COACH SABAN: Well, I think first of all, it helped our team develop. And our team gained a tremendous amount of confidence by playing on the road and playing a top-10 opponent last year. It's a tremendous venue in Atlanta. They do an outstanding job, a fantastic job, as a city and as an organization, in putting on this game that makes it a real quality event for the players.
But I don't think anybody would have said, Your team's gonna go on the road to Georgia, Tennessee, LSU and Arkansas, and win all those games last year. I think playing that game over there, win, lose or draw, probably helped our team develop a confidence of playing. Neutral site or not, it's still not at home, and that helped us in those games. It helped our confidence as a team.
This year we're gonna play a very challenging team in Virginia Tech. I think it helps your off-season. The players are more intense about what they're doing because they know they're preparing for a huge challenge in the first game.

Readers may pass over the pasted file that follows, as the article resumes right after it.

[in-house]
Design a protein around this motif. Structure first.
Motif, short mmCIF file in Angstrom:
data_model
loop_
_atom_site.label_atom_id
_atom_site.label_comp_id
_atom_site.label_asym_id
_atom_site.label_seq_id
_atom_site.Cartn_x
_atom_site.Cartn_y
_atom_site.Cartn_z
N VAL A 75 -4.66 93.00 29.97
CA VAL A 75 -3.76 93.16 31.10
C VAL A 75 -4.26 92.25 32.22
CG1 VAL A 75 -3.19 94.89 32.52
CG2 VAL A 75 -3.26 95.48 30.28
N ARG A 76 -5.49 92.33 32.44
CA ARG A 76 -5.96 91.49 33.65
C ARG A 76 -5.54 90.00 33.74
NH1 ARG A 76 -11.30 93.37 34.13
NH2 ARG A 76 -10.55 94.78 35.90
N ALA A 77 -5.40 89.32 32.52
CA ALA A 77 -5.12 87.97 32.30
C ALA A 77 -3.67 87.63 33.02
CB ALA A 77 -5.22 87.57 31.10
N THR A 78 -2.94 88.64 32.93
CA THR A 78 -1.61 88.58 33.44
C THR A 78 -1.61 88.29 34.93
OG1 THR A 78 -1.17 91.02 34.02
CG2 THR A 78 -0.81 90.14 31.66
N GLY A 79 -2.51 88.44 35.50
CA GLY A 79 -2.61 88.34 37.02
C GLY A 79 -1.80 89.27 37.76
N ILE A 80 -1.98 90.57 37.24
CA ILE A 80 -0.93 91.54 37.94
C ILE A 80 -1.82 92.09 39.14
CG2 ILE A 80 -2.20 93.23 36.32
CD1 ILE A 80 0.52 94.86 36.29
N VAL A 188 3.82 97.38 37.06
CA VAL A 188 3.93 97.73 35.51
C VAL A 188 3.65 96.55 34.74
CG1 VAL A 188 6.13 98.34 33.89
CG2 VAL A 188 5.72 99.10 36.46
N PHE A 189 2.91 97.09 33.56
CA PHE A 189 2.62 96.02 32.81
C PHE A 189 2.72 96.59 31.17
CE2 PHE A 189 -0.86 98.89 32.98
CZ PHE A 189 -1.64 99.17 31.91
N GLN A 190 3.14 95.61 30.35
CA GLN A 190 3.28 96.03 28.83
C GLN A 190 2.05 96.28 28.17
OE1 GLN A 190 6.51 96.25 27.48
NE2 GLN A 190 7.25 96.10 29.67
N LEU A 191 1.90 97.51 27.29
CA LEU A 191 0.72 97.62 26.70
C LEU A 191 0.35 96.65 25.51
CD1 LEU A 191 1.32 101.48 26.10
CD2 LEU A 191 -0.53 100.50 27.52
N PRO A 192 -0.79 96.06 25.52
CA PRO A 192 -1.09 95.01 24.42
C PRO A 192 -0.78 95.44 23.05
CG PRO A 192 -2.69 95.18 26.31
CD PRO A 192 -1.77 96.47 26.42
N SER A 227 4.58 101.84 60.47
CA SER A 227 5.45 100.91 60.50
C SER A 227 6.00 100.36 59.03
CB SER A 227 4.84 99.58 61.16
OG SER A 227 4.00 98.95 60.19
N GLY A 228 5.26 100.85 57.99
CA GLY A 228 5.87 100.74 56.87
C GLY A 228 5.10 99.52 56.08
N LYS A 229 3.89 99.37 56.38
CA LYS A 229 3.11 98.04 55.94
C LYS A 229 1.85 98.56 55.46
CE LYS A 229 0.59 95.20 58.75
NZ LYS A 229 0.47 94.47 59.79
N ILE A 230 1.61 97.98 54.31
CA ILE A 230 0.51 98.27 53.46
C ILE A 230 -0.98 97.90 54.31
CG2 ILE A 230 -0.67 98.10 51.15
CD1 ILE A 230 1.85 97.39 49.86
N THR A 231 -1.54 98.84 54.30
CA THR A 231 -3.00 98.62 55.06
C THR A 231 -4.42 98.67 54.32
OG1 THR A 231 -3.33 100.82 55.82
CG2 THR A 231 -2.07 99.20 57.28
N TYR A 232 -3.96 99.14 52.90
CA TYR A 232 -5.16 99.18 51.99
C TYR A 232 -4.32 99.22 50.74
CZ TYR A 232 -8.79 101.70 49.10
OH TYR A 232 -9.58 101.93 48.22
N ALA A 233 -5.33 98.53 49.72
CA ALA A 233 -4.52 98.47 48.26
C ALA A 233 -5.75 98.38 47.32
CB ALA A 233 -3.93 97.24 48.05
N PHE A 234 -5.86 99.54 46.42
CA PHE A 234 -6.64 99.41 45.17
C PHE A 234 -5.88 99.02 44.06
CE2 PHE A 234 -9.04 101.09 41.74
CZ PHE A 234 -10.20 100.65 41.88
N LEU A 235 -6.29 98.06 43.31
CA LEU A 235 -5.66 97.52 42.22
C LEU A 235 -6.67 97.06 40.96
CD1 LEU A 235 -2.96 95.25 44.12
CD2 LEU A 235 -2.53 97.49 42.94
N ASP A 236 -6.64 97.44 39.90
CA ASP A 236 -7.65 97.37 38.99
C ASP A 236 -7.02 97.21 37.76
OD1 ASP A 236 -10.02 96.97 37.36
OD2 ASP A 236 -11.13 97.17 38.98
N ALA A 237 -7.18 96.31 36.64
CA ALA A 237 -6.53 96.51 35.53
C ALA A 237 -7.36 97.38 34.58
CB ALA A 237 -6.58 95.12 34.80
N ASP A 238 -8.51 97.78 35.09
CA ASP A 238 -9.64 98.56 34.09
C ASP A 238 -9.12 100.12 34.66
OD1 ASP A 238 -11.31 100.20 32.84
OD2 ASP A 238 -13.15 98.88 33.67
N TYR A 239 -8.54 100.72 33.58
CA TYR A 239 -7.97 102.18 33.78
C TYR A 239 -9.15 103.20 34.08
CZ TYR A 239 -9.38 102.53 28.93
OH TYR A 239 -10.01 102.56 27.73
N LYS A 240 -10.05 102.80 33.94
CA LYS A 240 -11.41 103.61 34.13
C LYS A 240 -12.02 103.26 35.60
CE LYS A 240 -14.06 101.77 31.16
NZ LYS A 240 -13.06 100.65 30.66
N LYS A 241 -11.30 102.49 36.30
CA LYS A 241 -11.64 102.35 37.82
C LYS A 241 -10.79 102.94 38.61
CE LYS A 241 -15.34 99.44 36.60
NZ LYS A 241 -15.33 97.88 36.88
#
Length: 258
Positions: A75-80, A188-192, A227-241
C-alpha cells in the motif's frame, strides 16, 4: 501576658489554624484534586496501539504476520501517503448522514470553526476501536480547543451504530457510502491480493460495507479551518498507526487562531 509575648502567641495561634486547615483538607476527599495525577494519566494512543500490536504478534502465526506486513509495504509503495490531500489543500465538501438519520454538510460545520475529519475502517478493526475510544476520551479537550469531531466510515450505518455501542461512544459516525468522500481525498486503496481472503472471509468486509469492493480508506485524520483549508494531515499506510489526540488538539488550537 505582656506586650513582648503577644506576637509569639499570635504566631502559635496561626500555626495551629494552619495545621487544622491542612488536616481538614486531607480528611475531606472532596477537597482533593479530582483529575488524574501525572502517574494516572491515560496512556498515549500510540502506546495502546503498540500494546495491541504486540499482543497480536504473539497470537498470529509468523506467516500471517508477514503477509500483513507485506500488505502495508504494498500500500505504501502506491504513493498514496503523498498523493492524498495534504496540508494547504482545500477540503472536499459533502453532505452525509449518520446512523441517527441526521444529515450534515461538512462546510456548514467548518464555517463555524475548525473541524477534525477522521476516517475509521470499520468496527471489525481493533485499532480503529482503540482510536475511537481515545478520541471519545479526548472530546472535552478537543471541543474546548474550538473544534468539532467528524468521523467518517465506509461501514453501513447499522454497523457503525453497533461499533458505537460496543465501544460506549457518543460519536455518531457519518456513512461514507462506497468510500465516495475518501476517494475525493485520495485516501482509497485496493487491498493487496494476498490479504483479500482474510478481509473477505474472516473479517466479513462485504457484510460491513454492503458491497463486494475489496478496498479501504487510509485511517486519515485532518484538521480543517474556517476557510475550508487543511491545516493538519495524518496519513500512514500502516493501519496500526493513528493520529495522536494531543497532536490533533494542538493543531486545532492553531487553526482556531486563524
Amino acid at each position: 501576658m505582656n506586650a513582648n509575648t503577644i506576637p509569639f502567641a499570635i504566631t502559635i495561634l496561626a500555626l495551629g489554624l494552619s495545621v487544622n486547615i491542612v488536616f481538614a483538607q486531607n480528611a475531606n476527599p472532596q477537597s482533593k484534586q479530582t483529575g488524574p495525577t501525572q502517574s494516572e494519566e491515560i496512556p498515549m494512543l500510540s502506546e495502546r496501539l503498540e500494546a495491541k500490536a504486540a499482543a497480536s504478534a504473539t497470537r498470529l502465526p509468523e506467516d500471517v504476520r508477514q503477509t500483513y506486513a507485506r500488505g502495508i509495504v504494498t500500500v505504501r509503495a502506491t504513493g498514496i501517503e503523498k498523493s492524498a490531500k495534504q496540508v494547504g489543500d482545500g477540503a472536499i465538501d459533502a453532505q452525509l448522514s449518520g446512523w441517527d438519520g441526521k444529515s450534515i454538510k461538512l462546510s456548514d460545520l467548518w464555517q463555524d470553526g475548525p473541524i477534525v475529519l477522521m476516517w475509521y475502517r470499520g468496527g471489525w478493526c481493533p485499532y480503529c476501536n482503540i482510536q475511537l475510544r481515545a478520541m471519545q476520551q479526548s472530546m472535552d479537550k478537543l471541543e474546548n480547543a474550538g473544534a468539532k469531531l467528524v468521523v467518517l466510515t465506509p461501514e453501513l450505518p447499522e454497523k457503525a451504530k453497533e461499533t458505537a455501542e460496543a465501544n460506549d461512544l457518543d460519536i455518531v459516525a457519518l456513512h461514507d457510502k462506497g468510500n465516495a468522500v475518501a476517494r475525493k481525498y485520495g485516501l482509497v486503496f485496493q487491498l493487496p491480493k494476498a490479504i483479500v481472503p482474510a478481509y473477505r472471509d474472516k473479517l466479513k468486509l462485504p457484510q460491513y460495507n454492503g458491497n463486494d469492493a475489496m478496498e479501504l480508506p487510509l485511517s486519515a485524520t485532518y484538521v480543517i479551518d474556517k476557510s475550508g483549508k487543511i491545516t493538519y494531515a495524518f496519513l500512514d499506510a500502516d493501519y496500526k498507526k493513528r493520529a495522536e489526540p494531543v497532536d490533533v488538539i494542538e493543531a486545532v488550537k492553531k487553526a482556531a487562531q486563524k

So there's a lot of positive things about it. There's a lot of exposure to it, which helps recruiting. And Atlanta is one of the major cities in the South. So not really a better location around to do something like that in.
Q. What are you expecting from Marquis Maze this year? Does he have to step up and do some big things for you this year? You look like you've lost some weight. You're almost as pretty as good.
COACH SABAN: You're looking good, too. That one commercial where they say, You look good, I'm not ready for that. But you do look good. I appreciate the compliment. I don't get many of those, incidentally.